January is not the most popular month once the spectacular New Year’s Eve “ball” drops; no one is looking forward to the oncoming snow, freezing rains and sleet. However, for those into great music that will ignite the soul and swing from avant jazz to straight ahead and all sounds in between, January is cheered as the Winter Jazzfest arrives in New York City at multiple venues from January 9-18, 2020. This year’s festival features fourteen shows, the Winter JazzFest Marathon (January 10-11) and a Brooklyn Marathon on January 17.

With more than 100 bands performing the programme also features discussions on gender, immigration, and social issues within jazz music. The music takes place at Le Poisson Rouge, Nublu, Brooklyn Steel, Bitter End, Zinc Bar, Webster Hall, SOB’s, Subculture, Mercury Lounge, and The Dance.

Tonight, January 9, at the Brooklyn Bowl (61 Wythe Avenue, Brooklyn), in one of the special show performances; Lee Fields & the Expressions with Adeline will work out that hardcore soul, at 8 p.m.

This is the soul of funk at its peak. Fields has a vocal resemblance to James Brown having performed with soulsters Johnny Taylor, Tyrone Davis and Betty Wright. His guest Adeline, a French singer/songwriter living in Barcelona, projects some American soul in her repertoire that should set off some heat. Tickets are $25.

The Jazzfest Marathon kicks off on January 10 at various venues beginning at 6 p.m. through a few last sets that begin at 1 a.m., which include the outstanding Chilean vocalist and songwriter Claudia Acuna, who shines whether she is singing in Spanish or English, who performs at the Bitter End. The priority list for the evening includes Nasheet Waits By Sea with South African pianist and recent Blue Note recording artist Nduduzo Makhathini, bassist Rashaan Carter and saxophonist Immanuel Wilkins (6 p.m. at the Zinc Bar); the vocalist Kendra Shank pays Tribute to Abbey Lincoln (Zinc Bar); pianist/composer Christian Sands regardless of his configuration, he is not to be missed (11:30 p.m.); The Jazz Gallery All-Stars (Subculture); for anyone who follows trombonist and composer Melba Liston it is worth seeing the rising trombonist Kalia Vandever who performs at the Zurcher Gallery; the young organist/pianist and composer Matthew Whiter who never ceases to amaze performs with his Quartet at Subclulture.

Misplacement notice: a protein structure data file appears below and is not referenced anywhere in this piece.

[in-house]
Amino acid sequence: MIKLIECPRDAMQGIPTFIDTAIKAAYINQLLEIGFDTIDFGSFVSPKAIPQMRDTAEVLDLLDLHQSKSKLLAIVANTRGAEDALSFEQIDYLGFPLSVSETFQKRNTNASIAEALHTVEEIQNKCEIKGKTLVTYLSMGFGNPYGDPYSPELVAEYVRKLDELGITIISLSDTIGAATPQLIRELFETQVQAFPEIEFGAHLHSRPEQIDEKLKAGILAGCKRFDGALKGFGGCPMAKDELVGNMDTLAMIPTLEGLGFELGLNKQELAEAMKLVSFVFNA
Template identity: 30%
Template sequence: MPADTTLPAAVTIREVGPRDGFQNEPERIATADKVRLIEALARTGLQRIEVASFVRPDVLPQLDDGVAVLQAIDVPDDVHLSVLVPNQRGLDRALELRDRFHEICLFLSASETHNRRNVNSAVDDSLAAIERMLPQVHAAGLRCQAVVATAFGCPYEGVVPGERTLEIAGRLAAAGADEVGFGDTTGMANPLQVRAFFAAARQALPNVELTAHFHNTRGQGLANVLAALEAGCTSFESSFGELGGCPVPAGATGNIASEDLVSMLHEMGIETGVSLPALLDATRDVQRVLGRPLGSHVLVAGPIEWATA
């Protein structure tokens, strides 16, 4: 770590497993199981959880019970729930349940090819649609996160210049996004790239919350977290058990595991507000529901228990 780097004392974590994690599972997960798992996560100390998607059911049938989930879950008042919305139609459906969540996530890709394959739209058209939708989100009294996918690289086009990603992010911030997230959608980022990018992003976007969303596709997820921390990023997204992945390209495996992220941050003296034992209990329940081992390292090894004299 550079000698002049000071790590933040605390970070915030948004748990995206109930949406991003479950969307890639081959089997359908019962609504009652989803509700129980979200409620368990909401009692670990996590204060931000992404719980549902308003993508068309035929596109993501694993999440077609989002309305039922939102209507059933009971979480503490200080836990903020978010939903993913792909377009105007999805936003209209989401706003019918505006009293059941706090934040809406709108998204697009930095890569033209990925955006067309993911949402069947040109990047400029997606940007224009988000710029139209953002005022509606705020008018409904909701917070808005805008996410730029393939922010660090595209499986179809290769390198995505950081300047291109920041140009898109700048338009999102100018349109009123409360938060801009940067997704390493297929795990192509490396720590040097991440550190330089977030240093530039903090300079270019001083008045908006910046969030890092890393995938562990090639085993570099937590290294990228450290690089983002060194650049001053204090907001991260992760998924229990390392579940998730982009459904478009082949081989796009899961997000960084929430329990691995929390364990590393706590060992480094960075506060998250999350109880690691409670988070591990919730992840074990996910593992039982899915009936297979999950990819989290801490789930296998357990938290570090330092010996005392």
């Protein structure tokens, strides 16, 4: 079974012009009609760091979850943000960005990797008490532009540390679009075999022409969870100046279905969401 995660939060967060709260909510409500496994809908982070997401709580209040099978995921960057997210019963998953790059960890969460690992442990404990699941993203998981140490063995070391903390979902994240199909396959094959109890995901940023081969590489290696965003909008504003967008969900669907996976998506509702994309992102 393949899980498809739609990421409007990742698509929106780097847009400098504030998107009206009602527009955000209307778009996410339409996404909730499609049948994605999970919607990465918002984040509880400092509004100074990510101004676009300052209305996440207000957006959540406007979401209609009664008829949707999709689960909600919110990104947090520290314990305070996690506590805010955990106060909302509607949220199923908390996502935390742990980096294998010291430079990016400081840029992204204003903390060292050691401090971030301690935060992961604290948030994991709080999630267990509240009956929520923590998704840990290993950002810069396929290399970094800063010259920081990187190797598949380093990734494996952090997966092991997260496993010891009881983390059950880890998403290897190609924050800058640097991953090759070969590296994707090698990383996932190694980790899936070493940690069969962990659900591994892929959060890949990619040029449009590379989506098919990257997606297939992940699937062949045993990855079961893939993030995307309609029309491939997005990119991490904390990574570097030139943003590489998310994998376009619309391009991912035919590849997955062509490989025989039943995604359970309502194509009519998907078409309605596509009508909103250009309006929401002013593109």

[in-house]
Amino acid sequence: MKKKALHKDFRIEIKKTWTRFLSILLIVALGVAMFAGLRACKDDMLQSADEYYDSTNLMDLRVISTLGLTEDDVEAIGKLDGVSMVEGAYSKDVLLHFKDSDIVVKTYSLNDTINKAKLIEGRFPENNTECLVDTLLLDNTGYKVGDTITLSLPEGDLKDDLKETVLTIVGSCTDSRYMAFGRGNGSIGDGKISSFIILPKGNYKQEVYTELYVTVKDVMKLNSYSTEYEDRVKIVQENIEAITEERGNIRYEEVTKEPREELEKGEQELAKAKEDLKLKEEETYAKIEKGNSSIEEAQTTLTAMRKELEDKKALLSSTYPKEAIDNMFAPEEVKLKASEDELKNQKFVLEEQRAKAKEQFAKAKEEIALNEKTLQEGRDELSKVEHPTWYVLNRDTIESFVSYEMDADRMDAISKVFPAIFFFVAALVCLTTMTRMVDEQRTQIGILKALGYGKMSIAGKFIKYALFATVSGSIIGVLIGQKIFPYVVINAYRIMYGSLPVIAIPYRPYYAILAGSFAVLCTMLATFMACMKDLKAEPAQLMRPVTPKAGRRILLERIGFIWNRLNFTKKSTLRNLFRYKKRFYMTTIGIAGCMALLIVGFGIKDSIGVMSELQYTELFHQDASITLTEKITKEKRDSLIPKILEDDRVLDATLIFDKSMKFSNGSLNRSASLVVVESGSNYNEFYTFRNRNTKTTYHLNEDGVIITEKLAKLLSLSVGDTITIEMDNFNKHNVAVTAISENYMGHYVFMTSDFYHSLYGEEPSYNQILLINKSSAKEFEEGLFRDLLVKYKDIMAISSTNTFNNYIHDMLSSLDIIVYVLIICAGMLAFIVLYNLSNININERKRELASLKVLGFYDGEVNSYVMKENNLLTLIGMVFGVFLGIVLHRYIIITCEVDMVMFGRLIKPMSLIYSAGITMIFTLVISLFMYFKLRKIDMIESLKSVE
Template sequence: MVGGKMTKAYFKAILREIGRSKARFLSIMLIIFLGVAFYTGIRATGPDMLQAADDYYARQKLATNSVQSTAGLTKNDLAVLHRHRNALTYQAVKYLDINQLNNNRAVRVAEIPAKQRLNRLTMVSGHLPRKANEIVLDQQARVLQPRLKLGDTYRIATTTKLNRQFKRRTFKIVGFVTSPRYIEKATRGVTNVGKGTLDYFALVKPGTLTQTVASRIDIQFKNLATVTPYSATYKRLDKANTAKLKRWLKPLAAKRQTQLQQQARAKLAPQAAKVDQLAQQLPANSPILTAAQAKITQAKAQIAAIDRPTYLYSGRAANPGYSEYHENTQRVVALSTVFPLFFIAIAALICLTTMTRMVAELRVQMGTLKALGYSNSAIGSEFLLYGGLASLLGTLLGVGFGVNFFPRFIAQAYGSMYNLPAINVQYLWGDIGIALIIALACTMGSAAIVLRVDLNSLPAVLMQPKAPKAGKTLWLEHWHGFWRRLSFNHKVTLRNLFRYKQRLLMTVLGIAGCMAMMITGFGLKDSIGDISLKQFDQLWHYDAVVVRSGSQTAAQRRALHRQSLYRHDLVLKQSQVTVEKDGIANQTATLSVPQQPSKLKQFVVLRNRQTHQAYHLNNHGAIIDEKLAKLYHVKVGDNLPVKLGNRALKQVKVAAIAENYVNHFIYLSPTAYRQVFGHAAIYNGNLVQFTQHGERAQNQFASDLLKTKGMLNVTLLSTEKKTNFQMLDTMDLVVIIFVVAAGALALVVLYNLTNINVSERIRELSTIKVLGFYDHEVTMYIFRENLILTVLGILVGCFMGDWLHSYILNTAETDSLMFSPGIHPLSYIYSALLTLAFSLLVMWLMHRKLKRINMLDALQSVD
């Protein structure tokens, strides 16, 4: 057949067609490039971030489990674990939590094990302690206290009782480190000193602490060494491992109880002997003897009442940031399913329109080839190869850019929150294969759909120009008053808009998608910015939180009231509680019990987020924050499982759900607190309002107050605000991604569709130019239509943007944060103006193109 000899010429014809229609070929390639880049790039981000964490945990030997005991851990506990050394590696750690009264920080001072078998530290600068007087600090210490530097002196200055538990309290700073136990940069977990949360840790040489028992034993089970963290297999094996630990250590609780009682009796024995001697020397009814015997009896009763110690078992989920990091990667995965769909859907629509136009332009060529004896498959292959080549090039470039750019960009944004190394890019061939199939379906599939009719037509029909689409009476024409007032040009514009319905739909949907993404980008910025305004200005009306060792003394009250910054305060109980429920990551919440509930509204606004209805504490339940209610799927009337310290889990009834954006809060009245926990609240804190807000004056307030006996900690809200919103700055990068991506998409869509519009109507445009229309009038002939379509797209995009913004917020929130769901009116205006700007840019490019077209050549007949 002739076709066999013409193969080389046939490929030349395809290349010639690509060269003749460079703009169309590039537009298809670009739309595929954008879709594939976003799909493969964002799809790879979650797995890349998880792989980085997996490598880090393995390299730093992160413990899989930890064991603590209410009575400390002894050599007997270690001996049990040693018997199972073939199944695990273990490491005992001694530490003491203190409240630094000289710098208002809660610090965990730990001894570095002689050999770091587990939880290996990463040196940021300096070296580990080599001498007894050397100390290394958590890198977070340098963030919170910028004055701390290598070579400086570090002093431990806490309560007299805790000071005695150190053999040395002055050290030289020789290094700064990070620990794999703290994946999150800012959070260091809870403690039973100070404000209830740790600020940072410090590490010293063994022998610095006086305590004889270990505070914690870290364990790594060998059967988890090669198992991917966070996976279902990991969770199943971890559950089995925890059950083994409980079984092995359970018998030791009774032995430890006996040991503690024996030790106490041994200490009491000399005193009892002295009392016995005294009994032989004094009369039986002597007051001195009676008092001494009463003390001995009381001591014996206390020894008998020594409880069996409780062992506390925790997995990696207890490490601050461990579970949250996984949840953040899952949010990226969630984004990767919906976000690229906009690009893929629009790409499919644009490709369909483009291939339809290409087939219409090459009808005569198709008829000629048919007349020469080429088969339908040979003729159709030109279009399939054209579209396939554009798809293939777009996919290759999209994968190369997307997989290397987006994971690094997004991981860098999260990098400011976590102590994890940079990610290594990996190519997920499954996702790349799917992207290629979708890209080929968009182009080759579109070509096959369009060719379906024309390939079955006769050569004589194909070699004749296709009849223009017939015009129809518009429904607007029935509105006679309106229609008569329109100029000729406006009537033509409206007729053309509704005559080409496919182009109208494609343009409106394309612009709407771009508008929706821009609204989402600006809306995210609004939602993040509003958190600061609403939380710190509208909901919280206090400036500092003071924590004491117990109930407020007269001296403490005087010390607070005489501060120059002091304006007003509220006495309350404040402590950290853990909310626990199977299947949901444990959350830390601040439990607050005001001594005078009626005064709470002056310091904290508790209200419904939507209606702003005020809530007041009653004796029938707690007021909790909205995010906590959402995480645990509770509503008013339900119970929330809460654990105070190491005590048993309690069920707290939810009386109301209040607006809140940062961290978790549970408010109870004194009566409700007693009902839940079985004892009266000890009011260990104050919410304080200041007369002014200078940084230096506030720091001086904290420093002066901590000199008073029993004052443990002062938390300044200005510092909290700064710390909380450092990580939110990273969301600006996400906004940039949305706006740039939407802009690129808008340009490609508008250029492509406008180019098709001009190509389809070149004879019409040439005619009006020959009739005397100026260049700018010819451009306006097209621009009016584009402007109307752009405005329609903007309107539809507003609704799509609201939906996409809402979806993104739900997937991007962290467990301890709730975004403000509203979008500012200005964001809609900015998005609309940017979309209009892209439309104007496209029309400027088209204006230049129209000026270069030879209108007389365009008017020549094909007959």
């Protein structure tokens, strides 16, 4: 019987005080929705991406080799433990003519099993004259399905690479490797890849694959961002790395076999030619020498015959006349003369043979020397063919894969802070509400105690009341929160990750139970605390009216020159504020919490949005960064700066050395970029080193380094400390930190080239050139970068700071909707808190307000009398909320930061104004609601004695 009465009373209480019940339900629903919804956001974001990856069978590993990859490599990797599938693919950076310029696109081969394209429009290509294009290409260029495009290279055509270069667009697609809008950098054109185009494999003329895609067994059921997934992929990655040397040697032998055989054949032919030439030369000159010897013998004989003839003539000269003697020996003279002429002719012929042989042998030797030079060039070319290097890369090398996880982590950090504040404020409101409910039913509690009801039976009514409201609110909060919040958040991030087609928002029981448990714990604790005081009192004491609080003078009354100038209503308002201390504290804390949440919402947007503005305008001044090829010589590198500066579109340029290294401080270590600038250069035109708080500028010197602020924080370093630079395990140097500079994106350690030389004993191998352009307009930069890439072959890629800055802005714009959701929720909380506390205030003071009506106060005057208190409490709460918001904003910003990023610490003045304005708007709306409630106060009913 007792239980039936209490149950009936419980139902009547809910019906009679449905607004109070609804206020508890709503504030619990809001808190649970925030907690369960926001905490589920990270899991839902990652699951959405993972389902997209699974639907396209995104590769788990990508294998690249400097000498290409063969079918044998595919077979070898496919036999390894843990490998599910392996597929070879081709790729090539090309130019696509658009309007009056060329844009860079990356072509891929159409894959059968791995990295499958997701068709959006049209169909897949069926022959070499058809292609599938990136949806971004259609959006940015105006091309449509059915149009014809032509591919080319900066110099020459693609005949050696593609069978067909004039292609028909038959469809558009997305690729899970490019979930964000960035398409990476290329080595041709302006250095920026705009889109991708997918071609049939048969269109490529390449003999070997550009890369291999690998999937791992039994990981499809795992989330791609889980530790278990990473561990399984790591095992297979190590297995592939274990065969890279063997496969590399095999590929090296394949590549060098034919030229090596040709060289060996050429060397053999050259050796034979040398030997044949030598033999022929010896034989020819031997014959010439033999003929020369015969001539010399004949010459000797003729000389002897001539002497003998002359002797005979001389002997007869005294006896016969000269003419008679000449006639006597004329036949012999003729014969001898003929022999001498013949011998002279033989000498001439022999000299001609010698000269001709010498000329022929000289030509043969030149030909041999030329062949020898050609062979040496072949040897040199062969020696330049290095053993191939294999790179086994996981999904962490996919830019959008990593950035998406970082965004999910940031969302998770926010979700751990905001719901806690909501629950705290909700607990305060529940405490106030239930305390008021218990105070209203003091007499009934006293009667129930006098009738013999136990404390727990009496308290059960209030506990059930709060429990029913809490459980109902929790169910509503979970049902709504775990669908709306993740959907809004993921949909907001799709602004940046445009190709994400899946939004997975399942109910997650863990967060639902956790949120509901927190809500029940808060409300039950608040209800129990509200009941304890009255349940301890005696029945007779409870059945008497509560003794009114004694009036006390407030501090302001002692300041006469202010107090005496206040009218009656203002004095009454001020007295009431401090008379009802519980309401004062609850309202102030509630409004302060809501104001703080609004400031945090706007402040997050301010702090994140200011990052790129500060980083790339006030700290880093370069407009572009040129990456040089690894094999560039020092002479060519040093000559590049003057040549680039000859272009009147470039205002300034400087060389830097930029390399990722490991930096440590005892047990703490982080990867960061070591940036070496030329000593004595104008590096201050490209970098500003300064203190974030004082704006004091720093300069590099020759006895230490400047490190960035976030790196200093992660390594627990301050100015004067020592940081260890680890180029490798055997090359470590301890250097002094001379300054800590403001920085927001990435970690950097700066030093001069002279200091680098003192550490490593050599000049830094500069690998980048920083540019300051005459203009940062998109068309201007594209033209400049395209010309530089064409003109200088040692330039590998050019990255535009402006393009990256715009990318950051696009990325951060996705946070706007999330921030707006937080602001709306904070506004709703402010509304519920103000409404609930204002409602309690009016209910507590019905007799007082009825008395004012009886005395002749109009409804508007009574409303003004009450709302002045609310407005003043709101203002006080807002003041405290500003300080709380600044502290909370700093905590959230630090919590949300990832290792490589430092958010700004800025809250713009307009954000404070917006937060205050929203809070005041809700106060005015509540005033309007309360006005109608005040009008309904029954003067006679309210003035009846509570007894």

The vibraphonist and composer Nikara and Black Wall Street perform at The Dance. Greenwood, Oklahoma’s population was destroyed by local rioting whites (including the KKK, police force and National Guard) in one of this country’s largest and most unspoken massacres of our history (1921). Nikara Warren pays tribute to Black Wall Street in an attempt to create an open discussion for all people about supporting people of color in business, education and the arts.

Night 2 of the Marathon continues on January 11, beginning at 6:15 p.m. and last performance begins at 1:15 a.m. A few must-see groups include Nite Bjuti featuring the drummer and sound engineer Val Jeanty, who has created a distinctive style of music called Vodou electronica, a fusion of electronics and African Vodou rhythms; the abled young bassist Mimi Jones and the high octave operatic vocals of Candice Hoyes that can flow into blues or jazz; the young harpist Brandee Younger’s “Awakening”; the pianist/composer Helen Song presents “Sung With Words”; the young talented alto saxophonist Lakecia Benjamin, who brings her distinct sound to any configuration or genre, presents “Pursuance: The Music of the Coltranes” featuring noted bassist Reggie Workman and violinist Regina Carter and others; trumpeter/composer Theo Croker’s “Star People Nation”; the saxophonist Tia Fuller, a musician for all seasons; pianist/composer Robert Glasper, always energizing; and the inventive drummer, rapper, composer Kassa Overall’s “I Think I’m Good.”